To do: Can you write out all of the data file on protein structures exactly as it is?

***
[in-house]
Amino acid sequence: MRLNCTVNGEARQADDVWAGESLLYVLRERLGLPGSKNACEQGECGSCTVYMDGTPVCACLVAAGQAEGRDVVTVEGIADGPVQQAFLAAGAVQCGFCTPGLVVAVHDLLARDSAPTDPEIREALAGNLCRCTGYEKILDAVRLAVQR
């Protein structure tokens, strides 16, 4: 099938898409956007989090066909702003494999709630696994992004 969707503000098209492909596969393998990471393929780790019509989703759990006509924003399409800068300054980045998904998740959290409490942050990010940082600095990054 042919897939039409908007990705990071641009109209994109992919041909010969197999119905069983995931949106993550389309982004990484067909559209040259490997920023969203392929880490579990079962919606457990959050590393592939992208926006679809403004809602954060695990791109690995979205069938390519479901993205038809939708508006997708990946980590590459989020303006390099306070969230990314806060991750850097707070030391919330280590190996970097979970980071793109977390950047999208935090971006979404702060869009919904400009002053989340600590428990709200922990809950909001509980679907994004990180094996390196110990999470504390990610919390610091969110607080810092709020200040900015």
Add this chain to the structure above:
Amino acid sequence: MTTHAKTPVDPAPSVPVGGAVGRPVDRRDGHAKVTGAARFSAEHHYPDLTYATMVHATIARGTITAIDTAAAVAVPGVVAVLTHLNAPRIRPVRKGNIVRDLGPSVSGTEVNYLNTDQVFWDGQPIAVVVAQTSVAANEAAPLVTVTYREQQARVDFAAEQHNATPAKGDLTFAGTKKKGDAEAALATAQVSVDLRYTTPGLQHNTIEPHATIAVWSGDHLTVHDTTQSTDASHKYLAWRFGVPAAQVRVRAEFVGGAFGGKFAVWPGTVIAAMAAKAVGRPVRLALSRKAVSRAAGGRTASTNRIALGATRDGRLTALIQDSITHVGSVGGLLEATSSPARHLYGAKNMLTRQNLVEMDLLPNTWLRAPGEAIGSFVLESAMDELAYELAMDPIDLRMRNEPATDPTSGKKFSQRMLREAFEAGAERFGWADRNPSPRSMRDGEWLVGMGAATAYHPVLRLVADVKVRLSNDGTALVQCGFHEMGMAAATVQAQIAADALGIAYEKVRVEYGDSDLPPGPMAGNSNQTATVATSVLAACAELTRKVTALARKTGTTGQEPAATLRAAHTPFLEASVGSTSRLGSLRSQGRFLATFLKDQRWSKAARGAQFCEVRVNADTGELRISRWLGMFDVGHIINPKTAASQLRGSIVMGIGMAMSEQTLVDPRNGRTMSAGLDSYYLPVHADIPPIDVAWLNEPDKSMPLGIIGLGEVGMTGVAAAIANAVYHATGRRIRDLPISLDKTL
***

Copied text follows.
[in-house]
Amino acid sequence: MRLNCTVNGEARQADDVWAGESLLYVLRERLGLPGSKNACEQGECGSCTVYMDGTPVCACLVAAGQAEGRDVVTVEGIADGPVQQAFLAAGAVQCGFCTPGLVVAVHDLLARDSAPTDPEIREALAGNLCRCTGYEKILDAVRLAVQR
């Protein structure tokens, strides 16, 4: 099938898409956007989090066909702003494999709630696994992004 969707503000098209492909596969393998990471393929780790019509989703759990006509924003399409800068300054980045998904998740959290409490942050990010940082600095990054 042919897939039409908007990705990071641009109209994109992919041909010969197999119905069983995931949106993550389309982004990484067909559209040259490997920023969203392929880490579990079962919606457990959050590393592939992208926006679809403004809602954060695990791109690995979205069938390519479901993205038809939708508006997708990946980590590459989020303006390099306070969230990314806060991750850097707070030391919330280590190996970097979970980071793109977390950047999208935090971006979404702060869009919904400009002053989340600590428990709200922990809950909001509980679907994004990180094996390196110990999470504390990610919390610091969110607080810092709020200040900015």
Add this chain to the structure above:
Amino acid sequence: MTTHAKTPVDPAPSVPVGGAVGRPVDRRDGHAKVTGAARFSAEHHYPDLTYATMVHATIARGTITAIDTAAAVAVPGVVAVLTHLNAPRIRPVRKGNIVRDLGPSVSGTEVNYLNTDQVFWDGQPIAVVVAQTSVAANEAAPLVTVTYREQQARVDFAAEQHNATPAKGDLTFAGTKKKGDAEAALATAQVSVDLRYTTPGLQHNTIEPHATIAVWSGDHLTVHDTTQSTDASHKYLAWRFGVPAAQVRVRAEFVGGAFGGKFAVWPGTVIAAMAAKAVGRPVRLALSRKAVSRAAGGRTASTNRIALGATRDGRLTALIQDSITHVGSVGGLLEATSSPARHLYGAKNMLTRQNLVEMDLLPNTWLRAPGEAIGSFVLESAMDELAYELAMDPIDLRMRNEPATDPTSGKKFSQRMLREAFEAGAERFGWADRNPSPRSMRDGEWLVGMGAATAYHPVLRLVADVKVRLSNDGTALVQCGFHEMGMAAATVQAQIAADALGIAYEKVRVEYGDSDLPPGPMAGNSNQTATVATSVLAACAELTRKVTALARKTGTTGQEPAATLRAAHTPFLEASVGSTSRLGSLRSQGRFLATFLKDQRWSKAARGAQFCEVRVNADTGELRISRWLGMFDVGHIINPKTAASQLRGSIVMGIGMAMSEQTLVDPRNGRTMSAGLDSYYLPVHADIPPIDVAWLNEPDKSMPLGIIGLGEVGMTGVAAAIANAVYHATGRRIRDLPISLDKTL